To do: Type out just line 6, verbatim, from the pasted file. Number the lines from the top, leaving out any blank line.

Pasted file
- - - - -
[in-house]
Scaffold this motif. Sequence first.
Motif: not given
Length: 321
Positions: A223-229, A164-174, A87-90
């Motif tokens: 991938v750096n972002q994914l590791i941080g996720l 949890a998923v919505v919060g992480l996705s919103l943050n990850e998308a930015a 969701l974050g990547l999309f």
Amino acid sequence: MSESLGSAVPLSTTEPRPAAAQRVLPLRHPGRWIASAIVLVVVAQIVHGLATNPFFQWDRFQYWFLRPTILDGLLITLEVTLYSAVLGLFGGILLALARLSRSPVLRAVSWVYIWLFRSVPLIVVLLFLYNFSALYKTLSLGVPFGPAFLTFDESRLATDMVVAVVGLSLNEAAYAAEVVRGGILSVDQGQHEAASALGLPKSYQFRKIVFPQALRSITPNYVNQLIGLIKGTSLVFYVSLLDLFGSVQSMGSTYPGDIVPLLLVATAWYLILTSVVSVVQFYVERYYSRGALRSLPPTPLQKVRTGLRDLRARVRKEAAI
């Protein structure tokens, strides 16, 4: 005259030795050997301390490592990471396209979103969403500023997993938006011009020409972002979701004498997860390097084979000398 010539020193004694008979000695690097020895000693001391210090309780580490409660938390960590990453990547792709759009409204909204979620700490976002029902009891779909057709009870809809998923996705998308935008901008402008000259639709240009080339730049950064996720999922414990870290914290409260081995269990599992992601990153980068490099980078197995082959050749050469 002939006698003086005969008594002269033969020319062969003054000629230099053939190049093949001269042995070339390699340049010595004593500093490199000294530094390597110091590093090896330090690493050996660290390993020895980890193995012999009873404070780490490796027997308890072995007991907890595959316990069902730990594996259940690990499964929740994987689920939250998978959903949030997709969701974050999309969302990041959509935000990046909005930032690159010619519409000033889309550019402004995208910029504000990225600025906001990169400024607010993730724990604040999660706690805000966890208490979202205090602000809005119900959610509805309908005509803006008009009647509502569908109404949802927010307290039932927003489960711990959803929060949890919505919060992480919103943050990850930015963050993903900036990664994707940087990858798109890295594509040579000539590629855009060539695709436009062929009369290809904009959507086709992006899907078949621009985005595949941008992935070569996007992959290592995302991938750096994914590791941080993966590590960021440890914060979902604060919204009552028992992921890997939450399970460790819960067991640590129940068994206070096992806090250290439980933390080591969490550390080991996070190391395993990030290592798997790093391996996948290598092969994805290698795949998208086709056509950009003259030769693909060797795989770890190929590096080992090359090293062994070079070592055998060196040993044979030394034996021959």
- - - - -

């Motif tokens: 991938v750096n972002q994914l590791i941080g996720l 949890a998923v919505v919060g992480l996705s919103l943050n990850e998308a930015a 969701l974050g990547l999309f």